We are all being scored, all the time–for our credit, our hire-ability, and now our influence. Whether you believe in online influence measures like Klout and Kred or not will ultimately have little effect–VC’s believe in them, and some marketers believe in them, so get used to having a number by your name. That’s the reality, as Mark Schaefer’s fine new book Return On Influence lays out in some detail.
In this space, I’ve always tried to maintain a constructive skepticism about these measures, without descending into “Klout-bashing.” These services are iterating; let’s allow them to iterate.
So, in that spirit…
Yesterday, I saw lots of people promoting this:
…which reminded me of a similar promotion run by Kred last month that Shelly Kramer brought to my attention.
Now, “Agency Insanity” looks like good silly fun. A lot like my Klout topics page, actually, which continues to feature my areas of online expertise, including Groundhog Day, Nausea, Pregnancy, Jersey Shore, NFL, and (thanks to Jason Keath) “Electric Housewares and Fans (Wall and Baseboard Heating Units for Permanent Installation) (Industry).”
It’s good fun. It’s a game. When Klout runs a promotion that specifically instructs us to “Vote to decide the nation’s most influential agency professional,” they are, in essence, telling us it’s a game, and instructing us how to play it.
It’s gamification, however, that ultimately may kill these things dead. Asking us to vote on who is most influential is essentially equating influence and popularity, a dangerous mistake. But it also says something I believe quite damaging about the influence measures themselves.
Consider if Google asked you to “vote on the best search result” for a given keyword. Do you really think you’d get the right one? Is a Twitter popularity contest the best “algorithm” to find “Best NYC Hotel?” Would you trust those search results? (Don’t get me started on “social search.”)
Now, I know that Klout and Kred, et al, have actual activity-based algorithms, and–again –this promotion is just silly fun. But it’s silly fun that dings their brand halo, and reminds us all that yes, this is a game. You are not being scored on your influence; you are being scored on your ability to play that game, and no, that’s not nothing.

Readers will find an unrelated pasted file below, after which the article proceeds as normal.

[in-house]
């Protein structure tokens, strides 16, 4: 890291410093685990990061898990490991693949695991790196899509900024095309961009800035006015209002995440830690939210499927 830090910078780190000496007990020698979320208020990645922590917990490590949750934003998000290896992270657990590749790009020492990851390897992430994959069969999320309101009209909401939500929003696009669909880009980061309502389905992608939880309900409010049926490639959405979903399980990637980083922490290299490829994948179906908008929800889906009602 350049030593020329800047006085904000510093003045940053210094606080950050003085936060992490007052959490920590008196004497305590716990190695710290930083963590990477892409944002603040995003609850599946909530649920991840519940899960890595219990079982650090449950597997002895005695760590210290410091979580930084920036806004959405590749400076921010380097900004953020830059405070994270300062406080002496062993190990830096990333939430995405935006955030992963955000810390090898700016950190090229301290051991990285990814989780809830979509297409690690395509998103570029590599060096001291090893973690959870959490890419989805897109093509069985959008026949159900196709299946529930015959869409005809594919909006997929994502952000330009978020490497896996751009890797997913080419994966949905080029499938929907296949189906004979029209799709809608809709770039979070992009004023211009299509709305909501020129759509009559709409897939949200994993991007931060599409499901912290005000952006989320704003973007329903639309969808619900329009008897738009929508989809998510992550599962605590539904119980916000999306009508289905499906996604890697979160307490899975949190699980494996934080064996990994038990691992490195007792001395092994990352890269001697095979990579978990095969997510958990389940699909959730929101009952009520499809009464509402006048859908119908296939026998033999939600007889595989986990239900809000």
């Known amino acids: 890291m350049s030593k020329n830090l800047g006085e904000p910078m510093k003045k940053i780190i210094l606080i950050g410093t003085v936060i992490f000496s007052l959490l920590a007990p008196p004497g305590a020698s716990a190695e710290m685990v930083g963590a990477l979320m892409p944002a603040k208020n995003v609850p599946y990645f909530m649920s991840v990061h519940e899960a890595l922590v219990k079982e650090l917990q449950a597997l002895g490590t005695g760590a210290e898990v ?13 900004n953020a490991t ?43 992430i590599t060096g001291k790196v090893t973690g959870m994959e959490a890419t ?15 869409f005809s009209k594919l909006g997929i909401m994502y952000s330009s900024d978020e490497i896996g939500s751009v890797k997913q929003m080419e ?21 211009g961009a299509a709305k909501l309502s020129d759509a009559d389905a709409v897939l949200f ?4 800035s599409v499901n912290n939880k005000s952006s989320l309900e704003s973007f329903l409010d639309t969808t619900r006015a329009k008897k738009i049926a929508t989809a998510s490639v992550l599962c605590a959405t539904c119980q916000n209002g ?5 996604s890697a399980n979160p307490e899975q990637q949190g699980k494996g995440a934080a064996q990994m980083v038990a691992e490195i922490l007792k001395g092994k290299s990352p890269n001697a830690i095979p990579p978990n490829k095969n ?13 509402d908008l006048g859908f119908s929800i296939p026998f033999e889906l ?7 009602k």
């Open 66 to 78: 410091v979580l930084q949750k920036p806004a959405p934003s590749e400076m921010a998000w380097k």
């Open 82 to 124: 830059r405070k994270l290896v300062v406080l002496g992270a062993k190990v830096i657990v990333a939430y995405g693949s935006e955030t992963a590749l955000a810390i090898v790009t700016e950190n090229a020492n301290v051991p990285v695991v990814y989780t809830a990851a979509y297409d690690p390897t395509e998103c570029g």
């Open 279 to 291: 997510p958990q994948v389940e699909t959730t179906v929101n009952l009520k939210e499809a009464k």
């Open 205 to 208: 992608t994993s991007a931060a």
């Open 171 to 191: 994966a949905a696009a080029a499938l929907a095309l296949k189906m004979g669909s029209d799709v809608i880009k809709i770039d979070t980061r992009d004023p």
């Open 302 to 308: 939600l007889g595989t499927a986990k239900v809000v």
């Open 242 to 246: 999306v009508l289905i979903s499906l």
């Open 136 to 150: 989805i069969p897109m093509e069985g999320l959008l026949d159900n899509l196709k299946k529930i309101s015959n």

The game is what keeps these services alive. They need us to play the game–if we don’t “play along” by giving them access to our online social graph (allowing them to explicitly link our online identities, which they couldn’t do unless we grant them authorization and tie our profiles together) they don’t have any grist for their mills. So the “game” is necessary. We give them our profile information so that we can play along and try to get a better number than the next guy. Without the public game, the ego-driven need to acquire social proof, we don’t authorize them to pull from our social accounts. And if we don’t do that, social scoring falls apart.
So they need to be games, and they need us to play those games. But those games devalue what they are doing. It’s a real catch-22 for these services.
What do you think? Is the “game” damaging to brands like Klout and Kred? Or just part of the new reality of the social web? A shiny +K to everyone who comments, and a copy of Mark Schaefer’s Return On Influence to the comment with the most likes.
See what I did there?
Note: there is some fine “prior art” on this from Sean McGinnis – do read his take as well.